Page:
The LGBTQ+ organization Human Rights Campaign (HRC) kicked Bud Light parent company Anheuser-Busch off the top of its corporate equality index (CEI), citing the company’s tepid response to the Dylan Mulvaney backlash.
“When we saw the company working with Dylan, that was a good sign. It was a sign of inclusion,” HRC senior vice president of programs, research, and training Jay Brown told CNN. “What we were really disturbed by was the company’s reaction once the backlash started happening.”
On April 1, Mulvaney posted a 50-second video to Instagram showing off some custom Bud Light cans with her face on them, a part of a brand partnership with the beer company.
Since then, conservatives posted videos as they dumped out Bud Light beer and shot up cases of Bud Light with semiautomatic rifles. Elected Republicans claimed that Mulvaney was a pedophile (without any evidence at all) and said that the global balance of power would be upset by Mulvaney’s Instagram video. Others said that they were boycotting Bud Light, often switching to other LGBTQ+-friendly brands.
Sen. Ted Cruz (R-TX) and Sen. Marsha Blackburn (R-TN) opened a probe into the brand partnership, alleging it violated advertising rules because people under the legal drinking age might have seen the beer can video.
But Anheuser-Busch’s weak response to the backlash led to anger among LGBTQ+ people as well. The company released a statement in April saying that it “never intended to be part of a discussion that divides people… We are in the business of bringing people together over a beer.” And Anheuser-Busch CEO Michel Doukeris downplayed the partnership on a call with investors this month, saying: “We will continue to learn, meet the moment in time, all be stronger and we work tirelessly to do what we do best: Bring people together over a beer and creating a future of more cheers.”
Meanwhile, Mulvaney said she was “having trouble sleeping” after becoming the target of so much hatred for the past month and a half, leading to criticism that Anheuser-Busch left her out to dry. Some LGBTQ+ people – including Colorado Gov. Jared Polis (D) and several bars in Chicago – have been boycotting Anheuser-Busch as a result of their response to the controversy.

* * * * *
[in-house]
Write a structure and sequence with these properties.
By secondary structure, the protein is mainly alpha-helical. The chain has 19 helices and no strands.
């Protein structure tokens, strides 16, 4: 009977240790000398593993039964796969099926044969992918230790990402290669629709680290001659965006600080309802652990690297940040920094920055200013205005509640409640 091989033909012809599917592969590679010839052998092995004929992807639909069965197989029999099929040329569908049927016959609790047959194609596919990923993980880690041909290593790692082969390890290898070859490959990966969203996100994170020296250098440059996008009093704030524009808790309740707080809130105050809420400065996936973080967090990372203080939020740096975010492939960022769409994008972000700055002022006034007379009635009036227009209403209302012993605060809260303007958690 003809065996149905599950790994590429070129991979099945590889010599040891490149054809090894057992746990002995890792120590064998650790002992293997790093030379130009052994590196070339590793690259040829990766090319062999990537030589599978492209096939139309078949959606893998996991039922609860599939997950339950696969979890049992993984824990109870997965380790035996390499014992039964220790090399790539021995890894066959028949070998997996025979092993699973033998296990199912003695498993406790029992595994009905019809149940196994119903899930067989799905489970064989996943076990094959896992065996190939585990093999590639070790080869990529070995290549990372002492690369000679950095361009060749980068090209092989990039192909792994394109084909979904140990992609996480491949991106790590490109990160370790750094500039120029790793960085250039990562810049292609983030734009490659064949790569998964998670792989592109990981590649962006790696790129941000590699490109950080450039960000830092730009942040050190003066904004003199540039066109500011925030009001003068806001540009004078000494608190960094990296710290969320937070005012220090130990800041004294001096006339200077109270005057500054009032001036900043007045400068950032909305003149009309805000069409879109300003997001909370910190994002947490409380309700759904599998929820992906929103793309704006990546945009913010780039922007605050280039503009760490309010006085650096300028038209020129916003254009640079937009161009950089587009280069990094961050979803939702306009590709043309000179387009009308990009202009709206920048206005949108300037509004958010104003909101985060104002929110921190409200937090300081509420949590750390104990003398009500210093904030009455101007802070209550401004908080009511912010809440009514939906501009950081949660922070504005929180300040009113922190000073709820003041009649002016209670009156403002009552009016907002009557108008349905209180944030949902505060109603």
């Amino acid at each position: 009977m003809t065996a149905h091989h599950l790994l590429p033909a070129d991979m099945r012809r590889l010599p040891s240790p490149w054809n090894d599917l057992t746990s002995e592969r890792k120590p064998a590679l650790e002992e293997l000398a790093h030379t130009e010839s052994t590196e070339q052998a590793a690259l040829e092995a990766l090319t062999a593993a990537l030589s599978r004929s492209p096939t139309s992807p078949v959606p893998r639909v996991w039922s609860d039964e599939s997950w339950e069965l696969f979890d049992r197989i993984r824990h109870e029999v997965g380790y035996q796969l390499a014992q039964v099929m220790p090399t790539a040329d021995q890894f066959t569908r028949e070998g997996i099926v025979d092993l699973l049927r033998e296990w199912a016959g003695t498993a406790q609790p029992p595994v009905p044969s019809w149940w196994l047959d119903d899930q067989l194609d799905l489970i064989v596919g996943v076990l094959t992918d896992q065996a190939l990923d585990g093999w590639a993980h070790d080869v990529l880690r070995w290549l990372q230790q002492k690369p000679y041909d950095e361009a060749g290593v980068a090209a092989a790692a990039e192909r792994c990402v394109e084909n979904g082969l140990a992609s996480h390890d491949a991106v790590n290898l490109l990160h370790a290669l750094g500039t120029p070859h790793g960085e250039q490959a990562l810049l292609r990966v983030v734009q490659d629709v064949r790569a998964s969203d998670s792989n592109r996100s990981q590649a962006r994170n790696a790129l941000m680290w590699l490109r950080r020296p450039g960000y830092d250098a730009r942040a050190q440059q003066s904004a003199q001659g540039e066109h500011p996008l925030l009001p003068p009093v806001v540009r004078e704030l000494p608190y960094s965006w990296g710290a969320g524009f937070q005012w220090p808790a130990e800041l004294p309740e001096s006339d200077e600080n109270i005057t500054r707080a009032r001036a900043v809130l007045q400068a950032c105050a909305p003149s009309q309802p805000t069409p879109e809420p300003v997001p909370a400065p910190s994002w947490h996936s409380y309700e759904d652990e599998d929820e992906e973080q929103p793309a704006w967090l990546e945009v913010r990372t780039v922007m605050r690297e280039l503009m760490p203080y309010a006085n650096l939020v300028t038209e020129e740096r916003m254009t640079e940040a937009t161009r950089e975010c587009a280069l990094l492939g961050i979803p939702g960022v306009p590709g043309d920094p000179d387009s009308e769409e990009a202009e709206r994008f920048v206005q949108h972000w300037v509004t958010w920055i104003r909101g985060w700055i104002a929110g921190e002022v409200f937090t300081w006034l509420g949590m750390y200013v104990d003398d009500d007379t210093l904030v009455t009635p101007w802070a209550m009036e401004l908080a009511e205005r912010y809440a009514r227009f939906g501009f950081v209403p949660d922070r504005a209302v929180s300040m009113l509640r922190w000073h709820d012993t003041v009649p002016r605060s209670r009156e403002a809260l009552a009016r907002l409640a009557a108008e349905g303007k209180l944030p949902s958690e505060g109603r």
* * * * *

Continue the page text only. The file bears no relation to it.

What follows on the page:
And now HRC is jumping into the fray.
HRC’s Brown said that the beer company’s lackluster response couldn’t have come at a worse time, as transgender equality is being targeted in state legislatures across the country. He said that he asked Anheuser-Busch to at least release a statement in support of Mulvaney and transgender people, offer inclusion training to executives, and listen to LGBTQ+ employees, but the company hasn’t done any of those things. In fact, two of the marketing executives who worked on the Mulvaney partnership have been put on leave, which many on the right are claiming as a victory of their Bud Light boycott.
After asking to at least talk to someone at the company, Brown sent a letter informing Anheuser-Busch that they were losing their 100% rating on CEI, which rates the “Best Places to Work for LGBTQ+ Equality.”
HRC has been maintaining the CEI since 2002, when it rated policies for gay, lesbian, and bisexual employees, and has expanded it in the last two decades to include evaluations of transgender employee policies, partner benefits, and how a corporation supports an inclusive culture outside of its own workplace.
HRC gave a 100% rating to the Fox Corporation until last year when it got demoted due to Fox News’s coverage of LGBTQ+ issues.